So, in the end, I didn’t have a horrible time in Morocco. I think it’s just one of those places that needs to grow on you. One where you have to let the time there really sink in, and the stories and experiences need to age a little until you can fully recount what it meant to you. I am still ruminating about my couple weeks there, but at the same time, also sort of dreaming about when I can go back and do it all over again (this time, armed with the know-how to handle the country).

jemaa el fna marrakech morocco at night

15 thoughts on “To Morocco, with Love

  1. I had an amazing time when I visited there. I chose to ignore the frustrations that a lot of tourists get caught up in. I’d LOVE to return, next time to the Sahara!
    Andi recently posted..Nevis: Day 1My Profile

    • It’s easy to succumb to the frustrations, especially as prevalent and in-your-face as they are. But eventually, it sort of becomes second nature and they’re easy to navigate and get around.

  2. I will travel to Morocco in June and am wondering a lot how I think of the country afterwards .I’m so excited to explore everything and can’t wait to go there. But with reading a lot of posts on safety, a love/hate relationship with the country, I am just curious what I will think ;) I won’t travel solo though, but with another girl. So we’ll see what our experience will bring. I cannot wait and hopefully spend my time till then reading some more tips about travelling within Morocco on your blog.
    Stef recently posted..A Travel Dictionary for ArgentinaMy Profile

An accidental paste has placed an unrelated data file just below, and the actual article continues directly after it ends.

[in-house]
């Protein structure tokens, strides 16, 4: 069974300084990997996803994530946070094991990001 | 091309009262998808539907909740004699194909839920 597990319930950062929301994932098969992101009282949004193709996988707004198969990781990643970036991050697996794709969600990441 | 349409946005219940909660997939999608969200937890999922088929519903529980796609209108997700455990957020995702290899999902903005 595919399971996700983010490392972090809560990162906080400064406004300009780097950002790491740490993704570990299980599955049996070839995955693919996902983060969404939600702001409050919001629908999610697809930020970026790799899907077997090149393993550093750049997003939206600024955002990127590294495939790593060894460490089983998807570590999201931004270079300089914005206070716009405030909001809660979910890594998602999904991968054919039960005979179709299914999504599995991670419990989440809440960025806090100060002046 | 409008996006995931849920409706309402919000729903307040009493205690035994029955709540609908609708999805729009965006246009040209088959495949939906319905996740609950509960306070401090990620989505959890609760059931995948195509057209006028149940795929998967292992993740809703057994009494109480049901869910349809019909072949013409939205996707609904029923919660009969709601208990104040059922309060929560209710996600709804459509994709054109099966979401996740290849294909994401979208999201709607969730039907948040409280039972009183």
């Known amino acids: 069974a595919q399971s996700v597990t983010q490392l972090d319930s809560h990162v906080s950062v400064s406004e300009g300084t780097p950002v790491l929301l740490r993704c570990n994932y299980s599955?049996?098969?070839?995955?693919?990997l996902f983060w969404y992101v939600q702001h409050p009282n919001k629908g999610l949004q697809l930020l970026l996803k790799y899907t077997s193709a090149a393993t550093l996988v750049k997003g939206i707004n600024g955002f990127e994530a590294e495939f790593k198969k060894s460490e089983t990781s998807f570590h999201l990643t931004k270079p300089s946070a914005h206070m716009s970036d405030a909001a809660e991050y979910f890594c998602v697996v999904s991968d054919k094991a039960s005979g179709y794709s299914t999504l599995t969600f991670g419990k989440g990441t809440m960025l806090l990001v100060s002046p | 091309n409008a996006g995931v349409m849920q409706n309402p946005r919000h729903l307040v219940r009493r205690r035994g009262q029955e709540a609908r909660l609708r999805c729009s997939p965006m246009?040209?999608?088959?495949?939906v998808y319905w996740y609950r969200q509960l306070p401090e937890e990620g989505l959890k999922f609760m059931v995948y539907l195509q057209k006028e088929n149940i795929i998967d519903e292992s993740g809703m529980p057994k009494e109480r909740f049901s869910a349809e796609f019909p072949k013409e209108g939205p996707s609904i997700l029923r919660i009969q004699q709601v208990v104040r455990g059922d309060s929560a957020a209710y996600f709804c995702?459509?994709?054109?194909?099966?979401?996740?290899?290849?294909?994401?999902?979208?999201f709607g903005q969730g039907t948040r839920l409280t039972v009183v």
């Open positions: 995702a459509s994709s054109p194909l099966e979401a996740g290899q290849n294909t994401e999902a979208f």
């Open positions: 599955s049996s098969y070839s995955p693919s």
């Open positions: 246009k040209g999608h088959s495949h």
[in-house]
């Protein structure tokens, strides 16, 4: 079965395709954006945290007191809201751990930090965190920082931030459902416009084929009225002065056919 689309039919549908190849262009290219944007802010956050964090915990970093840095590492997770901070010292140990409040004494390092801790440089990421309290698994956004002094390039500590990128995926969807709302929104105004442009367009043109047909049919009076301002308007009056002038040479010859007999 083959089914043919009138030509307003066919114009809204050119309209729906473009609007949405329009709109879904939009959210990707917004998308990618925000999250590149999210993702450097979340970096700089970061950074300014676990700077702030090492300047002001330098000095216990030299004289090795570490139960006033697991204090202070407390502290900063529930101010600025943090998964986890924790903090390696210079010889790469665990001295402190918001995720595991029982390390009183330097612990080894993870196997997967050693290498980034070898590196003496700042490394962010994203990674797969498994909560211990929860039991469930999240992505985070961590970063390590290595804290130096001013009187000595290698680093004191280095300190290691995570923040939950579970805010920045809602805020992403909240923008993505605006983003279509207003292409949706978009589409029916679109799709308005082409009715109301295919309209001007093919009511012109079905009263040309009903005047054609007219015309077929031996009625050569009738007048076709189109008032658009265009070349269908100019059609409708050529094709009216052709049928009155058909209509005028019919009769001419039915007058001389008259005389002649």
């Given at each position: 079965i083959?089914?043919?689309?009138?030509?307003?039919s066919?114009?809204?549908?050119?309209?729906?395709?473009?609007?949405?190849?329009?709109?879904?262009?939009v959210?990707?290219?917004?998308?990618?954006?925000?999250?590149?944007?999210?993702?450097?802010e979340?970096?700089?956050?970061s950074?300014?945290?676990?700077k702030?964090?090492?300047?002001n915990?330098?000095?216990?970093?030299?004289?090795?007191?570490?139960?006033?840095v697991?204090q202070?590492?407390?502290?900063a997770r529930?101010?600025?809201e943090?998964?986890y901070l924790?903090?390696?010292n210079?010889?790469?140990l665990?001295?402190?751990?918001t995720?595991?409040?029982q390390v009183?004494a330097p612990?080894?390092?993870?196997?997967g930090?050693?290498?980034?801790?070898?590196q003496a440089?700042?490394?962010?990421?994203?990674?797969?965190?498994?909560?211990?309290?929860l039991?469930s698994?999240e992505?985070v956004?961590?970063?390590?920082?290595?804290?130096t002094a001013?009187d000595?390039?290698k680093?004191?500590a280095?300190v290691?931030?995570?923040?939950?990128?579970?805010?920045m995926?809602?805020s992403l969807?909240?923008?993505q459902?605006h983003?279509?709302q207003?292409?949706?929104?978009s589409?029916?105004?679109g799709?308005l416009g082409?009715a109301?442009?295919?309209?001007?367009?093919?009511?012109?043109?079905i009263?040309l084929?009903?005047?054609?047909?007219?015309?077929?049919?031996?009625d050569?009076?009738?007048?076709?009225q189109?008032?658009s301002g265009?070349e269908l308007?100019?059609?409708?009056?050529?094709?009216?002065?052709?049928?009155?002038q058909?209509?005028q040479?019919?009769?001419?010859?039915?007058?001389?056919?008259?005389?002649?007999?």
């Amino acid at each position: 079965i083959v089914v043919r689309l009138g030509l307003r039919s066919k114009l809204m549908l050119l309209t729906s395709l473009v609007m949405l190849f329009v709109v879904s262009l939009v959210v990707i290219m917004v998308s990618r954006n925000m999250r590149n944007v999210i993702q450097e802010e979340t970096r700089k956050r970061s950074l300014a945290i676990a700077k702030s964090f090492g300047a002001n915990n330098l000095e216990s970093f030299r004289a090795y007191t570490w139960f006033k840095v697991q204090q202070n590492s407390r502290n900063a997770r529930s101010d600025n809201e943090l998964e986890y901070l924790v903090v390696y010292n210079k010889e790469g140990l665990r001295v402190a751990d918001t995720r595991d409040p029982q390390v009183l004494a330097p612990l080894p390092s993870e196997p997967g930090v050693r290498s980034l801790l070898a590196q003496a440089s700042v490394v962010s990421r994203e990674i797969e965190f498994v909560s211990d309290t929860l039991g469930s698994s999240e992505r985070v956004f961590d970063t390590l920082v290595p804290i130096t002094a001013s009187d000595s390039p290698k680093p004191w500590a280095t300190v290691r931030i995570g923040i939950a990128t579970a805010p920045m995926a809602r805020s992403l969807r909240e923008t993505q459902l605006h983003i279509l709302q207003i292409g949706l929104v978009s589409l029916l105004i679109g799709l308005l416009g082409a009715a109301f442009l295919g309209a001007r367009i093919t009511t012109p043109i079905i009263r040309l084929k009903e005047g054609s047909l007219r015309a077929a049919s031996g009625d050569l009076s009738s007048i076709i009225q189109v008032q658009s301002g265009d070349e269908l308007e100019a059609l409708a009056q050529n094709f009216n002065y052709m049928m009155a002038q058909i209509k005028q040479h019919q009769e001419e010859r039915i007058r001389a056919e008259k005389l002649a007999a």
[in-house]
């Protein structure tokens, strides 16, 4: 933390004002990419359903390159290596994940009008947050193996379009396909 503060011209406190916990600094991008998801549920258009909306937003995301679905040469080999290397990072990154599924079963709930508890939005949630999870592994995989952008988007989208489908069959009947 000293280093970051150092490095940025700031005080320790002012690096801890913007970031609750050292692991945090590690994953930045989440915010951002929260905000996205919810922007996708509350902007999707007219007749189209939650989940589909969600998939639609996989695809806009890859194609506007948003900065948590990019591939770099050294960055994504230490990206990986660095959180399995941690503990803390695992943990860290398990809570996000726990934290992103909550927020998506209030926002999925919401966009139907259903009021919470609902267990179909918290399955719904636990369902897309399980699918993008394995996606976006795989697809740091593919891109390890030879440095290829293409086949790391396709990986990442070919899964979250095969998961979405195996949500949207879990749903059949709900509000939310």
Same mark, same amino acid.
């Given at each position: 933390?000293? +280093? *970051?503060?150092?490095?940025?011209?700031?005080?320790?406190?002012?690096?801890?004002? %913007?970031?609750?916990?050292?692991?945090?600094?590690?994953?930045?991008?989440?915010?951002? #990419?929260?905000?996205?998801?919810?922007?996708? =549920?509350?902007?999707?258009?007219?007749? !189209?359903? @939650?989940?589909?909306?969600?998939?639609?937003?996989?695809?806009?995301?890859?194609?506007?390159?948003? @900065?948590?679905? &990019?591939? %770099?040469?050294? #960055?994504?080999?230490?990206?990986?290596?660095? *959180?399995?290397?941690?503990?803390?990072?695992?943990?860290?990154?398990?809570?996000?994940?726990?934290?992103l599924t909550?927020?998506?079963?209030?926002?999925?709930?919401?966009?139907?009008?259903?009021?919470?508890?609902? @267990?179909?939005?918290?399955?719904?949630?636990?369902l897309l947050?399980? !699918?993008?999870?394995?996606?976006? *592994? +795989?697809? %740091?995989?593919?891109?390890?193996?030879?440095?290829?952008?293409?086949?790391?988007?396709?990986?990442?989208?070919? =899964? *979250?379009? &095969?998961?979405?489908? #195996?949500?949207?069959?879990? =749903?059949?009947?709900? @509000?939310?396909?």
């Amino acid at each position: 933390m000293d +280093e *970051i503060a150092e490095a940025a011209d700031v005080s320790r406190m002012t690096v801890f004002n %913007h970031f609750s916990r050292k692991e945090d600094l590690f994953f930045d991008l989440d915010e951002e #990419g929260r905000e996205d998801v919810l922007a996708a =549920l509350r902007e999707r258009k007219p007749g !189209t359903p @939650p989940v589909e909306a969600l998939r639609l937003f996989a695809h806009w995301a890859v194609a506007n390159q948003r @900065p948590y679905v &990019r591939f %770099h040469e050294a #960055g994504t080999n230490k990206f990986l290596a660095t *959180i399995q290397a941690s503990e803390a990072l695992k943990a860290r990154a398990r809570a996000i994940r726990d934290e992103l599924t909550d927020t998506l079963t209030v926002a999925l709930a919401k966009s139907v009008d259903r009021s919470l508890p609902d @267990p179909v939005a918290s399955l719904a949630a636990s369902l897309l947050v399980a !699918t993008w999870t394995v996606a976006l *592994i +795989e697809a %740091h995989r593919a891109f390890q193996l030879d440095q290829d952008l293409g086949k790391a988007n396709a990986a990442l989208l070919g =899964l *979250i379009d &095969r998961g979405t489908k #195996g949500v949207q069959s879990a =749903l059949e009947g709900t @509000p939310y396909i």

• I hope you have a wonderful time, Stef. I think, as with most things in life, you have to take the good with the bad. It’s all in how you handle that bad that shapes your experience in and perception of a place. Being armed with a little bit of knowledge beforehand never hurt anyone though! :)

  3. We haven’t been to Morocco yet but I’ve heard so many good things about its people and their hospitality that I really want to go there.
    Lovely photos, Megan! If you like photography, we would like to invite you to participate in the next edition of our Travel Photography Competition. Every week we publish 3 winning shots on our website and write a nice bio with a link to the photographers’ websites/FB/Flickr pages. Find more details here:
    Happy travels!
    Hitch-Hikers Handbook recently posted..Camera giveaway: win Nikon D800 or Canon 5D Mark III!My Profile

  4. Just slowing down from more than a year of travel where I went to 24 countries and to be honest Morocco was my least favorite of all the places I went. I am glad I went but I would never go back. But this is how travel goes, no two travelers have the same experience. Thanks for sharing your perspective.

    • I’m sorry to hear that you didn’t enjoy Morocco! What didn’t you like about it? Curious how our experiences may have differed.

  5. Pingback: Mainstream Media and the Brainwashing of Americans - meganotravels